Shaun Livingston has been a solid point guard for the Nets this season and he has looked even better of late as the Nets have gotten hot — in his last 5 games he has averaged 11.8 points on 53 percent shooting, plus dishing out four assists a game. He is a quality veteran backup point guard now. Which considering the injury ravaged start to his career — his 2007 knee injury was as bad as you will ever see — and the long road back it is a great accomplishment to be at this level (and a lot of people around the league are rooting for him).
That quality play is going to get him a nice payday as a free agent this summer, a number of teams will be interested.
And those teams will offer more money than the Nets can — Brooklyn is hamstrung by being so far over the salary cap.
Which means Livingston could bolt this summer, something he hinted at in an interview with the New York Daily News.
The Nets, who are way over the cap and deep into the luxury tax, can only offer Livingston up to the entire (tax payers) mid-level exception, which is for three years and $10 million. The 28-year-old Livingston is expected to attract more in the open market, although there’s still plenty of important basketball remaining before July.
“(My enjoyment with Brooklyn and how I fit) definitely plays a factor. You have to weigh your situations, your options. The reason I’m in a situation where I can demand a contract is because I’m playing for this team, this coach, this system,” he said. “I realize that and I’m not over my head. But at the same time, it’s a business. You have to look at it like (the next contract) could always be your last. Especially me.”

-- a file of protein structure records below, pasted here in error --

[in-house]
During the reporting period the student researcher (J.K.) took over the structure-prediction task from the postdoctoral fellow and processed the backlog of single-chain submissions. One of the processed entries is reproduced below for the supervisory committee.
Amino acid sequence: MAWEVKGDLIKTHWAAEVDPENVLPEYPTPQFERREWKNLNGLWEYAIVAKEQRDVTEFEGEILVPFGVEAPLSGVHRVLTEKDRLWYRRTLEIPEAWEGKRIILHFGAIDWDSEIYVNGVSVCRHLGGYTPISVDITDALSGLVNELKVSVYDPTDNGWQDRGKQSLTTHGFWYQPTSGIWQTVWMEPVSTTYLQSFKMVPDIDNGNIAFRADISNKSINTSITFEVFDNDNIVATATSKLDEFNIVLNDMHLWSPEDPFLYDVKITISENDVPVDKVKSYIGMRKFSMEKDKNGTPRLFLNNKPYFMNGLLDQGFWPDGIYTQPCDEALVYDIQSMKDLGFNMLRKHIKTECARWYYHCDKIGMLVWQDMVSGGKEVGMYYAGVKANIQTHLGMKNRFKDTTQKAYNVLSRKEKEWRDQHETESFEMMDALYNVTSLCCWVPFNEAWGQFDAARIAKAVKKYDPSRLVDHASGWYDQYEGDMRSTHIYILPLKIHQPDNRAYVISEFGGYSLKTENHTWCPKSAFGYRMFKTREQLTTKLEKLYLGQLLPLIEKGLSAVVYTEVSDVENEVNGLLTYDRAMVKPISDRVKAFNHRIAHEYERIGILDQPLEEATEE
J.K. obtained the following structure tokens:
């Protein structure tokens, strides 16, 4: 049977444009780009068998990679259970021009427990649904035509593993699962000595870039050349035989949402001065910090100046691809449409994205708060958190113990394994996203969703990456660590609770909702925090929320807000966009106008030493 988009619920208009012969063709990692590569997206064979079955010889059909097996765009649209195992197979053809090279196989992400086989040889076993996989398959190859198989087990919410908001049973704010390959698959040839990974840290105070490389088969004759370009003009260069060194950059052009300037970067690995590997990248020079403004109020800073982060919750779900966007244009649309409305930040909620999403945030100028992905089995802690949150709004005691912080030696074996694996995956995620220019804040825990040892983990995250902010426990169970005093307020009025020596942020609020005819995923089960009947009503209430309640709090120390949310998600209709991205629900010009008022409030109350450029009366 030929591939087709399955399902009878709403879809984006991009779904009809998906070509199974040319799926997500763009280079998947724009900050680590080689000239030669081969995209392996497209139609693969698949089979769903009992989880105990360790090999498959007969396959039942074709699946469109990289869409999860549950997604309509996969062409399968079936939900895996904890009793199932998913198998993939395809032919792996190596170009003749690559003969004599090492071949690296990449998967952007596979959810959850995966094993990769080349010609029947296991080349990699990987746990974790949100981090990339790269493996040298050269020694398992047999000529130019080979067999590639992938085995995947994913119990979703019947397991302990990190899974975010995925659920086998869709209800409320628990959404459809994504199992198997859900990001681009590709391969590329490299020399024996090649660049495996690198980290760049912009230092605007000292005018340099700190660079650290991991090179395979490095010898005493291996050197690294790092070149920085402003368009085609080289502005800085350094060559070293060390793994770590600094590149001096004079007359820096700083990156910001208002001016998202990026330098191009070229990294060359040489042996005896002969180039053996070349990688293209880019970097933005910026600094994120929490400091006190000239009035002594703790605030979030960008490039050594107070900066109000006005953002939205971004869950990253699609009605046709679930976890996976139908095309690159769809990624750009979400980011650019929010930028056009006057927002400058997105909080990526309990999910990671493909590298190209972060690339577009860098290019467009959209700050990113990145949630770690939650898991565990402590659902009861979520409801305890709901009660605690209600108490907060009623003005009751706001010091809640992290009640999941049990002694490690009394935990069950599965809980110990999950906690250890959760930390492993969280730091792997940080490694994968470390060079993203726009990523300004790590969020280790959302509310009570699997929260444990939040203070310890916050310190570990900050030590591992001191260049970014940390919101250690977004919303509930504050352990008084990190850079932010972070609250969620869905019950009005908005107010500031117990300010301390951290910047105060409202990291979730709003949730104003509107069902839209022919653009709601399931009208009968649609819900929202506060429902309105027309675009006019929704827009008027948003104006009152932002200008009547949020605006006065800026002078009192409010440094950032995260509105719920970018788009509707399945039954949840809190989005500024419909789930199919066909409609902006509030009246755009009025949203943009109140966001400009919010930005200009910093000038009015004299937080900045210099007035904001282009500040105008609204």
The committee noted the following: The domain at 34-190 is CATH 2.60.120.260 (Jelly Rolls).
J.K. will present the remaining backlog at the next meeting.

It sounds like Livingston isn’t going to bolt Brooklyn for just a few more dollars. But what if a team under the tax line offers the full regular mid-level exception — four years and $21.2 million (estimated)? Or even three years and nearly $16 million?
That’s a lot of money to leave on the table.
This is what Brooklyn has really done with their utter disregard for the luxury tax system — it’s not just the tax money, it’s that once you pay the tax the rules restrict what you can offer free agents. Even your own free agents.
It’s going to make it hard for Brooklyn to keep bringing in players. For years. Because remember in the 2015-16 season Joe Johnson and Deron Williams alone will make nearly $46 million, and the summer before is when Brook Lopez can opt out and try to get a max deal. Brooklyn has some cap challenges in its future to say the least.
Livingston is just the first wave of this.